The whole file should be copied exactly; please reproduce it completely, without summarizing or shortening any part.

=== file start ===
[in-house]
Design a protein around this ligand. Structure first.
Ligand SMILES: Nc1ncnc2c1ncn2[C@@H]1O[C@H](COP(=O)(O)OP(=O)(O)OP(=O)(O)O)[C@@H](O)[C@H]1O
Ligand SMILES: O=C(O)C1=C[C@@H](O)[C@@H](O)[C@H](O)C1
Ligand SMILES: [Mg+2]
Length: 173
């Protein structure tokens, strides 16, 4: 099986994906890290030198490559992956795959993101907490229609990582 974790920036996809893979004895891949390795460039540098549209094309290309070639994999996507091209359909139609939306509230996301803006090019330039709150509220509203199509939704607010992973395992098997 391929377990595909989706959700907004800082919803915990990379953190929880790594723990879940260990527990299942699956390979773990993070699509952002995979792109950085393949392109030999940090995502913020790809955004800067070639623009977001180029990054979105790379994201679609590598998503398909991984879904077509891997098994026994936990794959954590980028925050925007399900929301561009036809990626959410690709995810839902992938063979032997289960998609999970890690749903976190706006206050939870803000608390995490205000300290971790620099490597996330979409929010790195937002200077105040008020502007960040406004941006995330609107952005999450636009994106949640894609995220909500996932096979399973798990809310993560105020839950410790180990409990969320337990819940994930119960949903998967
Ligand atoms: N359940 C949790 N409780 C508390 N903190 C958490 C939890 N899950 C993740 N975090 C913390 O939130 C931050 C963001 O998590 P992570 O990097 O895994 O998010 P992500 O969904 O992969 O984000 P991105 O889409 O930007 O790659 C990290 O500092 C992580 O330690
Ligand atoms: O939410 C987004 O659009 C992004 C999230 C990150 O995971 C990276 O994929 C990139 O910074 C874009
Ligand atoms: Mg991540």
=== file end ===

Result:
[in-house]
Design a protein around this ligand. Structure first.
Ligand SMILES: Nc1ncnc2c1ncn2[C@@H]1O[C@H](COP(=O)(O)OP(=O)(O)OP(=O)(O)O)[C@@H](O)[C@H]1O
Ligand SMILES: O=C(O)C1=C[C@@H](O)[C@@H](O)[C@H](O)C1
Ligand SMILES: [Mg+2]
Length: 173
């Protein structure tokens, strides 16, 4: 099986994906890290030198490559992956795959993101907490229609990582 974790920036996809893979004895891949390795460039540098549209094309290309070639994999996507091209359909139609939306509230996301803006090019330039709150509220509203199509939704607010992973395992098997 391929377990595909989706959700907004800082919803915990990379953190929880790594723990879940260990527990299942699956390979773990993070699509952002995979792109950085393949392109030999940090995502913020790809955004800067070639623009977001180029990054979105790379994201679609590598998503398909991984879904077509891997098994026994936990794959954590980028925050925007399900929301561009036809990626959410690709995810839902992938063979032997289960998609999970890690749903976190706006206050939870803000608390995490205000300290971790620099490597996330979409929010790195937002200077105040008020502007960040406004941006995330609107952005999450636009994106949640894609995220909500996932096979399973798990809310993560105020839950410790180990409990969320337990819940994930119960949903998967
Ligand atoms: N359940 C949790 N409780 C508390 N903190 C958490 C939890 N899950 C993740 N975090 C913390 O939130 C931050 C963001 O998590 P992570 O990097 O895994 O998010 P992500 O969904 O992969 O984000 P991105 O889409 O930007 O790659 C990290 O500092 C992580 O330690
Ligand atoms: O939410 C987004 O659009 C992004 C999230 C990150 O995971 C990276 O994929 C990139 O910074 C874009
Ligand atoms: Mg991540």